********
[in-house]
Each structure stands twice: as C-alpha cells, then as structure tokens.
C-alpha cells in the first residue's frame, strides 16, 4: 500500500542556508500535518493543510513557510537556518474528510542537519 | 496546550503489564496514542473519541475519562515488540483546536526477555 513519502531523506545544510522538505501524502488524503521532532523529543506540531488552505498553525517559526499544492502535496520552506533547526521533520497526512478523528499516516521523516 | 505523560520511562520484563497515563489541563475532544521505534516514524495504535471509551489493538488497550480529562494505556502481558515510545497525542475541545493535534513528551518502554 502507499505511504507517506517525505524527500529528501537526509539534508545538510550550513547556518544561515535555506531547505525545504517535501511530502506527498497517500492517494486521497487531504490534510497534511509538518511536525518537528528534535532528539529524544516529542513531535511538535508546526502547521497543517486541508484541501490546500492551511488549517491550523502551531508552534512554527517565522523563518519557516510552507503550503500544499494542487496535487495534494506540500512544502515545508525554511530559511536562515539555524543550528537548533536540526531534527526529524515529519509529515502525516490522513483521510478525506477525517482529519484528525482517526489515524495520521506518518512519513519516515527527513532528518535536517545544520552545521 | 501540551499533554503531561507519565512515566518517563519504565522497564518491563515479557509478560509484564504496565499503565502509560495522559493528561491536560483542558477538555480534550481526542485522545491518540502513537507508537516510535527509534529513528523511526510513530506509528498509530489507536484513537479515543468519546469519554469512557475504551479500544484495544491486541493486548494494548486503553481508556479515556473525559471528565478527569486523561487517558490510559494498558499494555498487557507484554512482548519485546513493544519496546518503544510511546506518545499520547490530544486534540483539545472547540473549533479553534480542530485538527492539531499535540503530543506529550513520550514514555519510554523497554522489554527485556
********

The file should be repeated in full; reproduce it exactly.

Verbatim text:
[in-house]
Each structure stands twice: as C-alpha cells, then as structure tokens.
C-alpha cells in the first residue's frame, strides 16, 4: 500500500542556508500535518493543510513557510537556518474528510542537519 | 496546550503489564496514542473519541475519562515488540483546536526477555 513519502531523506545544510522538505501524502488524503521532532523529543506540531488552505498553525517559526499544492502535496520552506533547526521533520497526512478523528499516516521523516 | 505523560520511562520484563497515563489541563475532544521505534516514524495504535471509551489493538488497550480529562494505556502481558515510545497525542475541545493535534513528551518502554 502507499505511504507517506517525505524527500529528501537526509539534508545538510550550513547556518544561515535555506531547505525545504517535501511530502506527498497517500492517494486521497487531504490534510497534511509538518511536525518537528528534535532528539529524544516529542513531535511538535508546526502547521497543517486541508484541501490546500492551511488549517491550523502551531508552534512554527517565522523563518519557516510552507503550503500544499494542487496535487495534494506540500512544502515545508525554511530559511536562515539555524543550528537548533536540526531534527526529524515529519509529515502525516490522513483521510478525506477525517482529519484528525482517526489515524495520521506518518512519513519516515527527513532528518535536517545544520552545521 | 501540551499533554503531561507519565512515566518517563519504565522497564518491563515479557509478560509484564504496565499503565502509560495522559493528561491536560483542558477538555480534550481526542485522545491518540502513537507508537516510535527509534529513528523511526510513530506509528498509530489507536484513537479515543468519546469519554469512557475504551479500544484495544491486541493486548494494548486503553481508556479515556473525559471528565478527569486523561487517558490510559494498558499494555498487557507484554512482548519485546513493544519496546518503544510511546506518545499520547490530544486534540483539545472547540473549533479553534480542530485538527492539531499535540503530543506529550513520550514514555519510554523497554522489554527485556